The Legend of the Magic Sports Beard

So you’re not crazy about Super Bowl hero Cooper Kupp’s scrawny, mountain man mustache? Apparently neither is his family.

“I do not know what it is deal beardedCraig Kupp, father of the Los Angeles Rams wide receiver, was named Most Valuable Player. Super Bowl LVI He told The Tacoma News Tribune last Sunday, December. “I’m not a big fan.”

But it’s hard to argue with the results. The 28-year-old forward, once known for his clean-cut, chorus boy appearance, from Eastern Washington University, the third-round pick, let his blonde chin hairs pop over the last season and popped up along the way. becomes an unstoppable NFL force. Not only did he dominate the league’s biggest stage, he was also the first player to supposedly take home the trophy since 2005. triple crown For buyers, leading the league in receptions, covering pitches and scoring goals.

According to a recent Sports Illustrated article, he filled Grizzly Adams this year just because he was him. on a rolland promised skeptical family members that he would shave the moment he played a bad game.

The problem was, as her grandmother Carla Kupp pointed out late in the season, “she doesn’t have one.”

Call it superstition. Let’s call it a coincidence. Call it a fashion statement to stand out as an alpha male among alpha males. But Mr. Kupp, 28, is not the first athlete to step up his public profile and apparently up his game as he ditched beard trimmers.

Think of it as the James Harden effect. Player X is fine. Player X grows a crazy beard. Player X suddenly became awesome. Strange, isn’t it?

At least in terms of image, that’s the story of Mr. Harden, who garnered nearly as many headlines as Mr. Kupp last week after a blockbuster trade from the Nets to the Philadelphia 76ers. Mr. Harden started his career in Brooklyn in 2009 with a neatly trimmed beard that was barely enough to be a barista, and spent his early years as a sixth man for the Oklahoma City Thunder behind their backup teammate Kevin Durant. and Russell Westbrook.

As Mr. Harden’s beard grew and so did his basketball superpowers (or vice versa), he moved on to the Houston Rockets and became a franchise cornerstone. He won the league’s Most Valuable Player award in 2018, and perhaps not by accident. GQ cover model with the trademark Santa scale beard, establishing it as a triumph of personal branding for the fans who wear it “Fear The Beard” T-Shirts.

a coincidence? Certainly. It wasn’t Mr. Harden’s beard that missed the 3-pointers. Even so, an impressive beard can serve a powerful semiotic function for a male athlete, or perhaps any man, bidding for top dog status.

Some studies have shown that men with beards are perceived as masculine. higher level more and more aggressive than his clean-shaven counterparts, which is certainly not the worst connotation for a recent gladiator. A 2016 study at the University of Queensland in Australia collected data from more than 8,500 women and concluded that a full beard “shows a man’s ability to stand out.” compete for resources” is useful in finding a mate, but may not be valid when resources are touchdown.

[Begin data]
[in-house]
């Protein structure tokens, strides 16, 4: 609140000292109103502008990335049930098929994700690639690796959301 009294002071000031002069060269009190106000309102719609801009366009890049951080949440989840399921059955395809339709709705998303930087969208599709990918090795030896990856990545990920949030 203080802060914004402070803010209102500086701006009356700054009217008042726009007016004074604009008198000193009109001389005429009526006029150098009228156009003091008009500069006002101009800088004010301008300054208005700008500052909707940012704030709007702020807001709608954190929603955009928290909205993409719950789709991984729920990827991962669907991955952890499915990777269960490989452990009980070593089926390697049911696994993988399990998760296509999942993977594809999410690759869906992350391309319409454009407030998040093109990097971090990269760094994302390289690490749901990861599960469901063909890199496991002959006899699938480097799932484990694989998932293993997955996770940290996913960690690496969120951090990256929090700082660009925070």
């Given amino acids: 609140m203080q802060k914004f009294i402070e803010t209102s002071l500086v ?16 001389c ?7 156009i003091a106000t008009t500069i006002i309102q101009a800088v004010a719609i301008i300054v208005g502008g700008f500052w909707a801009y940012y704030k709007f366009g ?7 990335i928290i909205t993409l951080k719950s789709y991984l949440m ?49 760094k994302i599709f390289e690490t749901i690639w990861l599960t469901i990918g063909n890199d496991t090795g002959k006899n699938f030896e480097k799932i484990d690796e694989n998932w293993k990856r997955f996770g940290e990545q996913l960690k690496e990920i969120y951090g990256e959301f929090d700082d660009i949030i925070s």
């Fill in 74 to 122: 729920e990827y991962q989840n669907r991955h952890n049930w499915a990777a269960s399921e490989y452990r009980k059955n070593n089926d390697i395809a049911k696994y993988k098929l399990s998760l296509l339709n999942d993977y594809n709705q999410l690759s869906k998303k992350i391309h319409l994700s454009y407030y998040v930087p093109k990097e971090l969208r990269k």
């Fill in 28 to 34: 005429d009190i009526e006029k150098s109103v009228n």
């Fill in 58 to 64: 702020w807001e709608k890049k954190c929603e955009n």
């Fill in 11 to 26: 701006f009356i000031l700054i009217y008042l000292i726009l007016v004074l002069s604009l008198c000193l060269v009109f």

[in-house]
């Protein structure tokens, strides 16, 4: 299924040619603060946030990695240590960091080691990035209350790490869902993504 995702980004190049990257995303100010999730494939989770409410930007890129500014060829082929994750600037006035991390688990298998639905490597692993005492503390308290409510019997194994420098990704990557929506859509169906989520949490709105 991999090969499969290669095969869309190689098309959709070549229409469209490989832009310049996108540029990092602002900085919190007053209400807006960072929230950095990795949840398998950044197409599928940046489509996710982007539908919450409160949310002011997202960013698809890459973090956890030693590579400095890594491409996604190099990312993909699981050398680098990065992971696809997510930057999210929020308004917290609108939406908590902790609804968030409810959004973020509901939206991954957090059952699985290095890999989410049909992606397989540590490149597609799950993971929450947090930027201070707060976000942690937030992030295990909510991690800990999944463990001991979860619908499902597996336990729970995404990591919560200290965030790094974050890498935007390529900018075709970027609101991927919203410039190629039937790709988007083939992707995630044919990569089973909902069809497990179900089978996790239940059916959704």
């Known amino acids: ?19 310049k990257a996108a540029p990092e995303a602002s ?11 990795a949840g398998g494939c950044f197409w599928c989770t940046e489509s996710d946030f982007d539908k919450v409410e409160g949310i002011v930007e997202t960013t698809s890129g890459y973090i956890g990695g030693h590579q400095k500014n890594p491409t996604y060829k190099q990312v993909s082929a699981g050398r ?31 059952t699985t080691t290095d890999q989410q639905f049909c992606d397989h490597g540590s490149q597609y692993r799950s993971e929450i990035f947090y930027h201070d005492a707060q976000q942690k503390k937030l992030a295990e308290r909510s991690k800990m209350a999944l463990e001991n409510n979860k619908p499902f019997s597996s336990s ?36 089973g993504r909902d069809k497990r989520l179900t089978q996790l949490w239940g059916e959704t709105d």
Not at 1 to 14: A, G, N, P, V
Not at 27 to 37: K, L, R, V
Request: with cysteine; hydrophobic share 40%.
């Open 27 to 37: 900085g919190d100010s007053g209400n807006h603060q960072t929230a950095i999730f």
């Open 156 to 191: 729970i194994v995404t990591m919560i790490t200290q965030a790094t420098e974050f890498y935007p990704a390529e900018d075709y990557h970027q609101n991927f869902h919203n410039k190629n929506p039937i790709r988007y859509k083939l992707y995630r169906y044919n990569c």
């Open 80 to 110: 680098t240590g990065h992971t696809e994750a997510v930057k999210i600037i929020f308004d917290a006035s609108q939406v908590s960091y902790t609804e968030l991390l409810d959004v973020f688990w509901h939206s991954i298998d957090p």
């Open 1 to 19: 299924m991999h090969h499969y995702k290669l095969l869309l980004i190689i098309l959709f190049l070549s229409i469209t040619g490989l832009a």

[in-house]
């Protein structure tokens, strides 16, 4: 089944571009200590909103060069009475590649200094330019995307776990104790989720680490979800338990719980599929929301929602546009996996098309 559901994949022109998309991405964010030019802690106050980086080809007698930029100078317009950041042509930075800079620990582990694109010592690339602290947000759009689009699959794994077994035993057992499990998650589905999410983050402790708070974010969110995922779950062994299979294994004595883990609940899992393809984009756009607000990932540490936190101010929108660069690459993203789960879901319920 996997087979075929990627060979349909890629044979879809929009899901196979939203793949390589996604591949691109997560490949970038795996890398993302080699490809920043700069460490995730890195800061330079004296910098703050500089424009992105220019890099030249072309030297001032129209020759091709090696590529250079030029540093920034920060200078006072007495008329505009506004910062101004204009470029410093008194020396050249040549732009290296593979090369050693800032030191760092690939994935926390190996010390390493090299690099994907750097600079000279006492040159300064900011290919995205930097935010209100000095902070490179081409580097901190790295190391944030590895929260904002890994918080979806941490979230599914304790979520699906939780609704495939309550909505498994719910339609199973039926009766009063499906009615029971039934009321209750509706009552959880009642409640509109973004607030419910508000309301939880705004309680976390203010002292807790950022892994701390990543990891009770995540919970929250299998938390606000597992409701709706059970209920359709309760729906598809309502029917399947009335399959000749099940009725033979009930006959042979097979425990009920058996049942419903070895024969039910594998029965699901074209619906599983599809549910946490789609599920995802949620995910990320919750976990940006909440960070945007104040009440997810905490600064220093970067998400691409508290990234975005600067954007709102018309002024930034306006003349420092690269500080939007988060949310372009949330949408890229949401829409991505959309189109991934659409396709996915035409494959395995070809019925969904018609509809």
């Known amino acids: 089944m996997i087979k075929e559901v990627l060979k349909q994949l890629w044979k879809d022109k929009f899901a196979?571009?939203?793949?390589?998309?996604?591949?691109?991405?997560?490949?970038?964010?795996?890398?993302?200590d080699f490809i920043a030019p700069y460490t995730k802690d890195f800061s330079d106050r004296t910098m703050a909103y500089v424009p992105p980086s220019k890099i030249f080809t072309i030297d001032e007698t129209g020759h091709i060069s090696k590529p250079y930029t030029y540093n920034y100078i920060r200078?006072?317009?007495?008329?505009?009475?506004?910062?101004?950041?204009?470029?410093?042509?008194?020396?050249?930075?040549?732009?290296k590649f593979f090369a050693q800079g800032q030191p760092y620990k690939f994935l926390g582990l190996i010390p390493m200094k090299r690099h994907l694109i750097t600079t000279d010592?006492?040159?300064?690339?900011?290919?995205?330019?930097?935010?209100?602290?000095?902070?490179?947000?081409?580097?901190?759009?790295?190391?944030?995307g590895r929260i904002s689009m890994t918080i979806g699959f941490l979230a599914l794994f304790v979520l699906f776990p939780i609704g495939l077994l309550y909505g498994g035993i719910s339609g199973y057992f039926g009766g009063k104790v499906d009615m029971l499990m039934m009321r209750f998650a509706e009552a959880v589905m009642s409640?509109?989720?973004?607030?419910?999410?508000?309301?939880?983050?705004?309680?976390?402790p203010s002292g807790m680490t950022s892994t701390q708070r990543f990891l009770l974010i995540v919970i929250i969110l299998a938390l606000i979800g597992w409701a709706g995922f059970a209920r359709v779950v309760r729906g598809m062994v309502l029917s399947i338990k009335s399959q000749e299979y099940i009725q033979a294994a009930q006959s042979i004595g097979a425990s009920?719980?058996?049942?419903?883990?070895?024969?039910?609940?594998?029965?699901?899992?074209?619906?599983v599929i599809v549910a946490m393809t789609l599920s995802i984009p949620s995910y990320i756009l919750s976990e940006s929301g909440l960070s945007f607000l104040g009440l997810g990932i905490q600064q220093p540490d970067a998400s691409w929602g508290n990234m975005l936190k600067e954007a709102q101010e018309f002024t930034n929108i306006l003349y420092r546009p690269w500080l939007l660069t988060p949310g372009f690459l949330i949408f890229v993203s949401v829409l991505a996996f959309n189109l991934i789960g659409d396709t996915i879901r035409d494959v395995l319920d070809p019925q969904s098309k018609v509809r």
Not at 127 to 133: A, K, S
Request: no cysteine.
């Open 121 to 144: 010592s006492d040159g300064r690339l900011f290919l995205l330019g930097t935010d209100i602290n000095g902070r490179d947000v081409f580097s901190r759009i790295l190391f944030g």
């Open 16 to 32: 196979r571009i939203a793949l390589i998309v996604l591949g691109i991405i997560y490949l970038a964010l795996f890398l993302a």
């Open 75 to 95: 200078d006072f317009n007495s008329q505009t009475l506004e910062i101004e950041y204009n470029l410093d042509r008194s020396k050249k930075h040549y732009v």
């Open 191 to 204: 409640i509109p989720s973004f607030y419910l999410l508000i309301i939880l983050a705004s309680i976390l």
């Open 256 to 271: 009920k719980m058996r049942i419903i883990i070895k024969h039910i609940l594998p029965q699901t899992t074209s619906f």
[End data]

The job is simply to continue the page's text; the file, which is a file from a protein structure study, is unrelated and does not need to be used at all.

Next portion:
Do you doubt the magical properties of a sports beard? Just look at what happens when they disappear. Fans in barbecue country were stunned when the seven-time Pro Bowler of the Kansas City Chiefs’ tight finale, Travis Kelce, scored a goal at training camp last summer. clean shave. (“Travis Kelce shaved his beard and rhythm and soulJosh Sánchez, a sports journalist, wrote on Twitter.) Indeed, Mr. Kelce’s season was a little shaky by his high standards, with inspiring headlines: “What’s wrong with Travis Kelce?”

Looks like it’s best not to piss off the beard gods. Take the well-traveled NFL quarterback Ryan Fitzpatrick. His aura as the so-called gunslinger – a fearless passer-by seemingly unaware of the risk – every inch of his magnificent mane after the years. Mr. Fitzpatrick acknowledged that his monstrous beard was central to his image as the man behind his teeth-grinding fourth-quarter feats. “Fitzmagic.”

An outlaw beard makes an even louder statement in the relatively polite sport of baseball, where a megabeard assumes enchanted connotations for some players. Former San Francisco Giants relief shooter Brian Wilson congratulated the late assassin from a non-Beach Boys man after adopting an intimidating weapon. black beard See the path to World Series glory.

In 2016, ESPN followed a step-by-step retrospective of former Chicago Cubs star Jake Arrieta’s rise from clean-shaven collegiate to Cy Young Award winner. expanding facial hair. Los Angeles Dodgers cautious third baseman Justin Turner seemed to transform from Everyman to Superman when he adopted a player. ginger mustache boom it made him look like a berzerker from a Viking longship.

Can beard magic work for all teams? The 2013 Red Sox forged an identity and apparently a spirit of unity, embracing borderline beards not only as “a fashion accessory” but also as “a way to build,” as The New York Times reported at the time. stronger bonds After the Red Sox struggles last season,” when the team finished last in the Eastern American League.

Hey, they won the World Series that year.

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